surrounding, integral, bezel 115 of the receptacle 85. The rear (numbered) tab 87 can be eliminated, if the rear single, plain ended hanger 2 is used. The forward tab 87 (not numbered) is also eliminated, if the tabs 11 are made and used for biting or digging its tip into the material 6 or bezel 115 orif the banding, strapping, and the like are used. The receptacle can also be adhesively bonded to the sides or center flat portion of the cannel-like shelf 73. The openings 14, in the upstanding portion of hangers 2 can also be used for inserting an accessible bolt 19 or a supplied bolt 30 and the like, whereby a greater versatile hanger and adapting means is possible. The rear plain hanger 2 may have to have a larger opening in for accepting a large accessible bolt 19 means, such as from the transmission 17 and the like. The receptacle 85 could also be removed and inserted into and onto the shelf-like device 73, as a drawer is removed and inserted into a desk and the like. The tabs 11 would not have the biting or digging in curved ends and would thereby retain the receptacle 85 down, as do upper drawer guides or desk tops to maintain a spaced relation between the crankcase oil pan l5and the like and the top of the receptacle 85. The forward tab 87 is finger bent upwards, against the. forward portion of receptacle 85, to prevent its sliding out when the vehicle stops abruptly. An opening 91 shown in FIG. 5 and 9 is in and through the substantially flat bottom portion of the shelf-like receptacle supporting device 73, if desired, for reaching through, after the receptacle 85 is partially, as is generally shown by the dashed'line outline in FIG. 9, or completely slid out, and removing the crankcase oil pan l5 drain plug and the like, for changing or removing oil therefrom. The hangers 2 accessible bolt 19 means are thereby not disturbed and no tools are necessary for inserting or removing the receptacle 85, whereby the oil may also be changed, if necessary. Adhesive means may also be used, if desired or deemed necessary and thereby tabs 11 and 87 would not be necessary and uncementing could be accomplished by using a solvent for releasing the adhesive means. Human finger or tool pressure or heating of the shelf 73 with a lamp, torch and the like means could also be used if necessary for releasing of receptacle 85, to permit its being slid out. The tabs 87 may thereby be used if desired or deemed necessary.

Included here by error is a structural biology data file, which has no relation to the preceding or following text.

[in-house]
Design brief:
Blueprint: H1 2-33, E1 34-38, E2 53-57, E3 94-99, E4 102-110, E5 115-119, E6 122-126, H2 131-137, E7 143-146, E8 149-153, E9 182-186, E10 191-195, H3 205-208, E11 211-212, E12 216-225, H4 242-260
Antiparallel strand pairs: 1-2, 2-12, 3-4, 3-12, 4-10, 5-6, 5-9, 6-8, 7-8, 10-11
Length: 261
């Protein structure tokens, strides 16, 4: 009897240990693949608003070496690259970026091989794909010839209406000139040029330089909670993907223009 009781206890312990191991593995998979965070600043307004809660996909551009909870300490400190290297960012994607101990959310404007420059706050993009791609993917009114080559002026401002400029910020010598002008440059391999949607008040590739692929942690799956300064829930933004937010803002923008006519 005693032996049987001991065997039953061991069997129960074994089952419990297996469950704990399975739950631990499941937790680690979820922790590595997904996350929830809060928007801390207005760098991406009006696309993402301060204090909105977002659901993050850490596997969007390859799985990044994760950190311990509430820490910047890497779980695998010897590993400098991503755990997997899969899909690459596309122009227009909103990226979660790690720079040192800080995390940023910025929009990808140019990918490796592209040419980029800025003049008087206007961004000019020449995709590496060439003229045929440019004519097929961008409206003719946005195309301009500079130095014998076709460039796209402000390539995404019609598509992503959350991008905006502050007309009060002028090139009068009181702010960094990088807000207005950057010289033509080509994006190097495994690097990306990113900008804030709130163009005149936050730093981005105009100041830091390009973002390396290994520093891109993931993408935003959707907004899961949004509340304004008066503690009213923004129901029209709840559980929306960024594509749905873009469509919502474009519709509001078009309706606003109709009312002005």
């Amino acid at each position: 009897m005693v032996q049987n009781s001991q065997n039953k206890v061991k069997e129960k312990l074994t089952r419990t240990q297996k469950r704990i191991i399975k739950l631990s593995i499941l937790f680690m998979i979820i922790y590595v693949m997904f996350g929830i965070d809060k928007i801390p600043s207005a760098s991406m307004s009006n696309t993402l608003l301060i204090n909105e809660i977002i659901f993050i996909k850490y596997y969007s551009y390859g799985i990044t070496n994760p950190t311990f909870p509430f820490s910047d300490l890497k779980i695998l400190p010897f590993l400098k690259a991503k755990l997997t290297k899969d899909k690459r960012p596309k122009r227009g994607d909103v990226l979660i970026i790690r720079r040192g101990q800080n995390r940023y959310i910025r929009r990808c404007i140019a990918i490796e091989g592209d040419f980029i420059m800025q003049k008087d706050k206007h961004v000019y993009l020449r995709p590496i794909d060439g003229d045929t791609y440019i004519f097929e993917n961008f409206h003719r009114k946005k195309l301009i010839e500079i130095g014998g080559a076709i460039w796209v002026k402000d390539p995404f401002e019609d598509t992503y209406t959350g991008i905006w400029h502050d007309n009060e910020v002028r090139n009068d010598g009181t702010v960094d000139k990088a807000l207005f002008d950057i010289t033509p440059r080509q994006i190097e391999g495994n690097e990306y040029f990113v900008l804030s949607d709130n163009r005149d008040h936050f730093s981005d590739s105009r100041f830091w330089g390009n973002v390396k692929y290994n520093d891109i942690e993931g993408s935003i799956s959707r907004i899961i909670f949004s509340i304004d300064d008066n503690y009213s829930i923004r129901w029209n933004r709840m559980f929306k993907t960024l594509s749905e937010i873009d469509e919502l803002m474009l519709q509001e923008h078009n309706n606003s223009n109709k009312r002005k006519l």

FIG. 4 shows the hanger 2 being removably secured to the crankcase .oil pan l5 flange, with accessible bolt 19. Hanger 27 is removably secured thereabove as is hanger 2 but hanger 27 is removably secured, by bolt 30 and nut 29 to the upstanding, recti-Iinear, side 73' portion of the shelf-like receptacle supporting device 73. The nut 29 could be permanently secured to the inside of the side 73' if desired or deemed necessary. The upper end 2 of hanger 27, could also be as the hanger 52 is shown in FIG. 25, with car or wings 53 or 53 and 54 if desired or deemed necessary, for a more secure and safer hanger 27 securing means. Two of the forward bolts 30 would thereby be either untouched, because the self locking nut 29 would allow the forward portion of the device to swing downward and pivot on the body of the bolt 27, which was only snugly tightened against the outside portion of hanger 27 thereby, only one or two rear accessible bolt or bolts 19 need be completely removed for swinging the shelf portion 73, of the device, downwards. The receptacle 85 can thereby be removed, disposed, and another new or cleaned receptacle 85 is replaced in and the device 73, is again removably secured to the first vehicle. The receptacle 31 could also be operated as a swinging receptacle if desired, the hangers 27 would have to be located on the outside of the receptacle 31 and also be straight or curved sided, whereby the latter could create a possible detent action thereon the top edge of receptacle 3]. The bracket 32 would also have to be eliminated. The hanger bolts 30 can be loosened for the swinging operation and then tightened securely or the bolts 29 can all be removed before the receptacle 85 can be removed if so desired or deemed necessary.

FIG. 5 the device 73, having integral upstanding sides 73' and extending upwardly therefrom is a portion of a hanger 2. The view shows a, banding or strapping 89 and 90, device 73,